Shadow of Hope 33

“A noble conclusion to a notorious life,” Erellia said of the bonfire with a faint smile, “But we must continue to look to the horizon.”

If she noticed the tension within the ranks of the party, the Elven woman gave no outward indication.

“We must depart,” she said, eyeing Thorum’s hasty retreat, “No doubt my efforts will bring undo attention upon us. We ride for the hamlet of Anquilla as soon as possible. Break camp and prepare to head south along the river.”

Marcus looked over to Kurn. “I can help pack the horses for traveling. We will also need to fill the water barrels.”

“As you will,” Kurn nodded. By the sheer quantity and varied types of supplies Marcus had procured, Kurn had determined either Marcus did not travel much and so insisted on overpreparing, or exactly the converse and had traveled enough to want to be readily prepared. At least they weren’t going to go hungry, if the pack horses fared well. Hopefully someone could cook.

With no need to pack, himself, Kurn went to assist Marcus.  He looked back at the man, shaking his head at Marcus’ query of which mount to select. “You mistake me if you count me an expert. Take whichever unclaimed horse you favor.”

Marcus filled the barrels and helped pack the horses for travel, using the tarps to cover the foodstuffs and making sure the barrels were tight.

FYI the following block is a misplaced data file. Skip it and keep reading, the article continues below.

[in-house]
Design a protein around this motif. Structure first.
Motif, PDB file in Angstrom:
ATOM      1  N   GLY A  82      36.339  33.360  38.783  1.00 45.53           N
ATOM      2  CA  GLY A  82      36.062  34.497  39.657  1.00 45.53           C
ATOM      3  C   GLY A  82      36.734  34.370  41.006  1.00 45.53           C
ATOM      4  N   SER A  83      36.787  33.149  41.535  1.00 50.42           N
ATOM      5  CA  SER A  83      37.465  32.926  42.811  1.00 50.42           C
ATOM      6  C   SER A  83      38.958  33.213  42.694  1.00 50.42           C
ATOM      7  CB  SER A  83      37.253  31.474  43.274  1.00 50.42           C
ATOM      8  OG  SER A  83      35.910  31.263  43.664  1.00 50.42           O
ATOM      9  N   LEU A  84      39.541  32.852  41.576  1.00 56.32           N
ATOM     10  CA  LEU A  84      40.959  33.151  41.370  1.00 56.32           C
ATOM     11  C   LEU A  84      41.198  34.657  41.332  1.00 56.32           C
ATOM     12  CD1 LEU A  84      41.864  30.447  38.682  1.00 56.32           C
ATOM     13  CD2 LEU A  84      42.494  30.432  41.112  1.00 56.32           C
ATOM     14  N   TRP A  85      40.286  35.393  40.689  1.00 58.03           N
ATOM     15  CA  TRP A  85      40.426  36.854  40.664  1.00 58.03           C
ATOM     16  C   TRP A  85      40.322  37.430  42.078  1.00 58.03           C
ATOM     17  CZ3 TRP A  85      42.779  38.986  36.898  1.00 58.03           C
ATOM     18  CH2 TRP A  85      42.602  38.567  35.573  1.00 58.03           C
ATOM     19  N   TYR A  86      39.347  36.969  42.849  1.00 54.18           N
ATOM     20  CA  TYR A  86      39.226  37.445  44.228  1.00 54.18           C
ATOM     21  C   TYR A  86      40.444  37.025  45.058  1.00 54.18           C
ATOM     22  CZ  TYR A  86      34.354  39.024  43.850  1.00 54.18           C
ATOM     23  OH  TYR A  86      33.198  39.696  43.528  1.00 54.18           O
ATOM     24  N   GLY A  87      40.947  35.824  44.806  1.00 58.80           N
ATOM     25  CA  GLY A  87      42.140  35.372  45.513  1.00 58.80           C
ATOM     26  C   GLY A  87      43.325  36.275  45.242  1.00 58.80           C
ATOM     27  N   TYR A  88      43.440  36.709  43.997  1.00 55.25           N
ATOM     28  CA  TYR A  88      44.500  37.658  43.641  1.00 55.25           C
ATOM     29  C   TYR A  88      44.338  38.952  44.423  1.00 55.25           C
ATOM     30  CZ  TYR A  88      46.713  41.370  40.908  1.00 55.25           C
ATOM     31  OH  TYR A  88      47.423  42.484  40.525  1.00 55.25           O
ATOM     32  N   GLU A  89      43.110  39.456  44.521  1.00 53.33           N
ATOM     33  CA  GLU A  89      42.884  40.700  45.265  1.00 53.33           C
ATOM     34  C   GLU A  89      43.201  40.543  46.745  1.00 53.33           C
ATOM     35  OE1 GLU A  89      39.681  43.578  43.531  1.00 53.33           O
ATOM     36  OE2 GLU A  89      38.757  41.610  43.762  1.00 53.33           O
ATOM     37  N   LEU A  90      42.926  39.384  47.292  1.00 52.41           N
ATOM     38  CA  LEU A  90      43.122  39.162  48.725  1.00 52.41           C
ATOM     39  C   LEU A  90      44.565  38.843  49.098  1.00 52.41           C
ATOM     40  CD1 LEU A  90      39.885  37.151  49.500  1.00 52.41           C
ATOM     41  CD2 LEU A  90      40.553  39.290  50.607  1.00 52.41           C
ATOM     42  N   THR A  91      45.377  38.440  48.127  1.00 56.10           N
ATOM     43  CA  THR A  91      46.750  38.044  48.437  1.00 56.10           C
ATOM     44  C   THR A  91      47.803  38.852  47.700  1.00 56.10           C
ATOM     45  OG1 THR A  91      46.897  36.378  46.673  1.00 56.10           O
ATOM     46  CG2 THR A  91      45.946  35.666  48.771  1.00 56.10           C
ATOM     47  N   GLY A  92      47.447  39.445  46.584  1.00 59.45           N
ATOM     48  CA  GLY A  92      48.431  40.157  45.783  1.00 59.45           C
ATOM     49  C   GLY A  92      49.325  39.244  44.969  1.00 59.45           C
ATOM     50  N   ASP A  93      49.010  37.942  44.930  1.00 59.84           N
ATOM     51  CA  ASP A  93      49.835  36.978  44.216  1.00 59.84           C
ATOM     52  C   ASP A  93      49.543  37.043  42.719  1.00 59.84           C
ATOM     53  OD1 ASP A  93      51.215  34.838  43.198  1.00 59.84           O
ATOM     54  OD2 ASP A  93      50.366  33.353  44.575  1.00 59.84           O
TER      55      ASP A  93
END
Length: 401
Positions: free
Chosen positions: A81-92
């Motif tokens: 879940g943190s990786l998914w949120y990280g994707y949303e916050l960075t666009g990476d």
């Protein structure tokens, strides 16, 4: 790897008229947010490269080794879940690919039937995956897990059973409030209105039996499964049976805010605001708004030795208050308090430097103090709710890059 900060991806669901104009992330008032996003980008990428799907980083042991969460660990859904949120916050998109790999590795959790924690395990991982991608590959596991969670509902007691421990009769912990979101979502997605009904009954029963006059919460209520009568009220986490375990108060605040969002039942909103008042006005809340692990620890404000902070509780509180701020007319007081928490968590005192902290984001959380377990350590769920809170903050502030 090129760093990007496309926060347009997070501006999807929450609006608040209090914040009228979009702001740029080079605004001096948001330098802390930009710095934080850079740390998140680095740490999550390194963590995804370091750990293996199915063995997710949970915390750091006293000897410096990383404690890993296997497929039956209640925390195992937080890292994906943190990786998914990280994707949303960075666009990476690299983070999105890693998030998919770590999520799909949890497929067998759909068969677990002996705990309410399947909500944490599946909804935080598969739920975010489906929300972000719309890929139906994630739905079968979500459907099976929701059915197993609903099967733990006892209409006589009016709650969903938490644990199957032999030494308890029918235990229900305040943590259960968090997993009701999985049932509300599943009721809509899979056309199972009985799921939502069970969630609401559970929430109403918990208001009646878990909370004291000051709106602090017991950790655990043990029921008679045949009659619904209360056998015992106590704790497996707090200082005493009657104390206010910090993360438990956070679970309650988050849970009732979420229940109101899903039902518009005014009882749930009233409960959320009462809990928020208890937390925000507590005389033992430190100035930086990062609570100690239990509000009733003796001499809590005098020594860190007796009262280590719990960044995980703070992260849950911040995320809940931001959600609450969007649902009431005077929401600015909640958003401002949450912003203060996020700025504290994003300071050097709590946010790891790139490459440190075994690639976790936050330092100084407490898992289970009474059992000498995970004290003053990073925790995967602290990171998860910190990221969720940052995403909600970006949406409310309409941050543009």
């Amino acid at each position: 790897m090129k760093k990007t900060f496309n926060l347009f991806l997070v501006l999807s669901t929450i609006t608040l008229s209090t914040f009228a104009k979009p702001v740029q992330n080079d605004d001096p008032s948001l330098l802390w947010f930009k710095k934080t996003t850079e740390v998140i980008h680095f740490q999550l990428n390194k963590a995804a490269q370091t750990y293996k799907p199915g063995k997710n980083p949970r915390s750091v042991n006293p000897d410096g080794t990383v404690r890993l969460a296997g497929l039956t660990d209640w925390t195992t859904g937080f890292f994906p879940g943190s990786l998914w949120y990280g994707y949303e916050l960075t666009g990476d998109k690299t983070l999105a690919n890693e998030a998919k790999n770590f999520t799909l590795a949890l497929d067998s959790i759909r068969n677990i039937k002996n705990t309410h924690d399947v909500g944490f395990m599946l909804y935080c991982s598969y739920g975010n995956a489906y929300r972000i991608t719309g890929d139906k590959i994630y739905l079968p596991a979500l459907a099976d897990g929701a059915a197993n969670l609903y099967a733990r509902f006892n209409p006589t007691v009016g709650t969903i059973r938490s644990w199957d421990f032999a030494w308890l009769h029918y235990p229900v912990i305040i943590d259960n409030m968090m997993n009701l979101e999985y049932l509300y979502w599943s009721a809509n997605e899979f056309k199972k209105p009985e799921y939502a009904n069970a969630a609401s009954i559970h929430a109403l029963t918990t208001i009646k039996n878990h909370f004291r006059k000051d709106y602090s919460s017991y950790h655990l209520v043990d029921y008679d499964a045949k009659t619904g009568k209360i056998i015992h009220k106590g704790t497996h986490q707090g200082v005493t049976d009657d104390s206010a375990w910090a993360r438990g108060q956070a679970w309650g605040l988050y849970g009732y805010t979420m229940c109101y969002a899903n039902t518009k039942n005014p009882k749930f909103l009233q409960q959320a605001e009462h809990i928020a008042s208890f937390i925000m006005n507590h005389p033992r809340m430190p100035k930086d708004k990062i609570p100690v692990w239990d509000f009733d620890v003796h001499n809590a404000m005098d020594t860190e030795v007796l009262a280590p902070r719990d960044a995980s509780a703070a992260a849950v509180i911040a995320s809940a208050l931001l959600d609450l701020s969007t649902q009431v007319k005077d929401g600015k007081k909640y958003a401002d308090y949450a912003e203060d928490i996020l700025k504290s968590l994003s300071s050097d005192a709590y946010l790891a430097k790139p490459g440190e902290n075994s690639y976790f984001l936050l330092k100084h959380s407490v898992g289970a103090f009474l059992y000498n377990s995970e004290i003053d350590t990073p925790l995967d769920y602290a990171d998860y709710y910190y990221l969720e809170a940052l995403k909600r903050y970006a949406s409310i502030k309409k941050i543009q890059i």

“To leave this place, for that I am ready,” Cheskith affirmed, but followed the statement with a rather suspicious look at the horses. “To leave on top of one of those creatures, for that I am less ready. I have seen others riding them time and again, but this is not a task with which I am acquainted.” A pause before adding dubiously, “And my tail will not fit upon those saddles as others ride them, I think.”

Erellia looked thoughtful at the Lizardman’s words, as if adrift elsewhere for a few moments.

“Time, at the moment, is not pressing,” Erellia said, “And we will not reach Anquilla before nightfall. Our pace can suit those who would rather travel on foot.”

Continuing to address Cheskith, Erellia turned a wry glance at Rôhn and said, “I know one other among us who prefers to walk the earth.”

Haron returned to the group at a trot, with a slightly more comical appearance. The chain shirt and steel pot he musters were a little too large for his lean frame, but the axe he had slung at his waist was of quality workmanship. The lad set about preparing the horses and distributed a mount to each member of the group. He looked at Erellia for clarity when presenting a large roan to the sizable Cheskith.

“During our travels, Cheskith,” Erellia offered to the chanter, “It might serve to become familiar with this mount. If haste is required, he may serve your needs well.”

Preparations underway, Zulian rode off toward the monk identified as Deoden, who was still managing the spoils on the field of battle. She returned with a second shortspear affixed to her saddle.

Rôhn arrived leading his steed, packed and ready, by the reigns. He broke into the social circle of Erellia, Cheskith, and the others and smirked, bright-eyed, as if renewed by the activities of the day, and said, with uncharacteristic ebullience in his gravelly voice, “So, when do we move out?”